My experiences with a variety of online dating apps indicate the latter. To prove my point, I am going to tell my story. To paraphrase Charles Dickens: a tale of one city and three dates.

I was unprepared for the events of Date Number One. After some heavily erotic flirting on Tinder, I met a well-built young man who was part-Iranian and part-Japanese. The awkward conversation came in stark contrast to the significant amount of build-up we experienced virtually. I extended my hand to shake his, which was decidedly unromantic, and an internal war raged inside my head: What does he want? Do we sleep together after we get coffee or before? Do we have to sleep together at all?

To myself, I marvelled at all the people who found their soulmates online. I felt like online courting lacked the spontaneity that a real-life, at-the-bar opportunity, naturally oozed. I also found that it was difficult to set boundaries, physically speaking, with someone I had just met. The pressure was ramped up in a situation that was intended as enjoyable.

While searching for Date Number Two, I got the distinct feeling that I was catalogue shopping on an Amazon-like platform. Going through the profiles of various boys on Tinder greatly resembled flipping through the features of an online catalogue of electronics or clothing. Once again, I was unprepared for the deluge of information that I received from some boys, all of which reeked of desperation. Unsurprisingly, the date didn’t go well.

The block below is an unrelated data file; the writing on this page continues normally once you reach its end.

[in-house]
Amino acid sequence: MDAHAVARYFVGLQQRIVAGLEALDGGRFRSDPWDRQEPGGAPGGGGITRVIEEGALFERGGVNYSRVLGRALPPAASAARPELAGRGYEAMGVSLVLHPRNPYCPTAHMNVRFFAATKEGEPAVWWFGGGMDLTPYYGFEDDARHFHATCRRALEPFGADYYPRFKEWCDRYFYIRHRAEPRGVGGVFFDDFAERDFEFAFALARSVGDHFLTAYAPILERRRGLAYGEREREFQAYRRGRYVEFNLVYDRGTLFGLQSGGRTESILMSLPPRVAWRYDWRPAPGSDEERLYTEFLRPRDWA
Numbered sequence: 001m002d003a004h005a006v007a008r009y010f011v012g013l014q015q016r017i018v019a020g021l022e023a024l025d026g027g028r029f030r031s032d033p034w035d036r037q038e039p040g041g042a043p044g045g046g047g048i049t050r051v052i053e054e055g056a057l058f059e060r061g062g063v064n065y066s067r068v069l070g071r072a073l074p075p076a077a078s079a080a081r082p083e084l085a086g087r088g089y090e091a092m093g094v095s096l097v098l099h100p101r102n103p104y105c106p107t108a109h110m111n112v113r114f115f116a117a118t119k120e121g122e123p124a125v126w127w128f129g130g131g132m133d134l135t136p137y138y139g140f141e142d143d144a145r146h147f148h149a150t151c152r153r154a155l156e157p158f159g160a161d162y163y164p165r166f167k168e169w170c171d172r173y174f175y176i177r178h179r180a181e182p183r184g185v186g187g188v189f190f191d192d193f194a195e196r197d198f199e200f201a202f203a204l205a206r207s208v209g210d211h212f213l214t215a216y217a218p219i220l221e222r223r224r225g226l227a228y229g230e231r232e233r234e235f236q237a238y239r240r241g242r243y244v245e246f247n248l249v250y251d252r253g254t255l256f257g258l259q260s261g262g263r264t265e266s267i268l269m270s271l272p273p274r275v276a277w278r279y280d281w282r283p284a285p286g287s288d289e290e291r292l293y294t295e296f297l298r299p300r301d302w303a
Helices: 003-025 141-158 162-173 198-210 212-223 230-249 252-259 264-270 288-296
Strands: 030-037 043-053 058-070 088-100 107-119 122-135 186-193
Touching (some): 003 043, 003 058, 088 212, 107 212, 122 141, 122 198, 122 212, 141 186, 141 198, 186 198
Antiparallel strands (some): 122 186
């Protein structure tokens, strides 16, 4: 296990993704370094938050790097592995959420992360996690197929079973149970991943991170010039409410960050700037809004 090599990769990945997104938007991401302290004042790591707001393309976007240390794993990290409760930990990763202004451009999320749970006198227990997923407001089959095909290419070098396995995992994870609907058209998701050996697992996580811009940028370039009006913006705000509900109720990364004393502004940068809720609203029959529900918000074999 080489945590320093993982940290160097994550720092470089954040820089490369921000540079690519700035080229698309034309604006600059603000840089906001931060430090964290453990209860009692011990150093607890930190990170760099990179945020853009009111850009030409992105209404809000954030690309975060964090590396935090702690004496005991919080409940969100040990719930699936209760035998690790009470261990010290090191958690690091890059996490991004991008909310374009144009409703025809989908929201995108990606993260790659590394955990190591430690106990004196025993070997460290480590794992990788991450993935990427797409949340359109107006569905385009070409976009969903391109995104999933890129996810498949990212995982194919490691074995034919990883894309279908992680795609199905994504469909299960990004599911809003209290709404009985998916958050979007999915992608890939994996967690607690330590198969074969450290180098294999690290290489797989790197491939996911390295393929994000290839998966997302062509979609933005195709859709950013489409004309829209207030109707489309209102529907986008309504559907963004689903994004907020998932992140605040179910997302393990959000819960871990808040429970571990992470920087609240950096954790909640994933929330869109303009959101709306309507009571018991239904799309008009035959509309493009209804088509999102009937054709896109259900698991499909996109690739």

After the first two disasters, I was certain the worst was over. And, for the most part, it was.

Date Number Three took place at a quaint pub somewhere on campus. I had been careful to avoid any erotic exchanges on Tinder to ensure that the bar wasn’t set high. My date was polite and instigated conversation on topics of mutual interest. We connected intellectually, but I still felt no spark. This date led me to believe that it’s probably better to go to a pub or a club if you want a raunchy night out.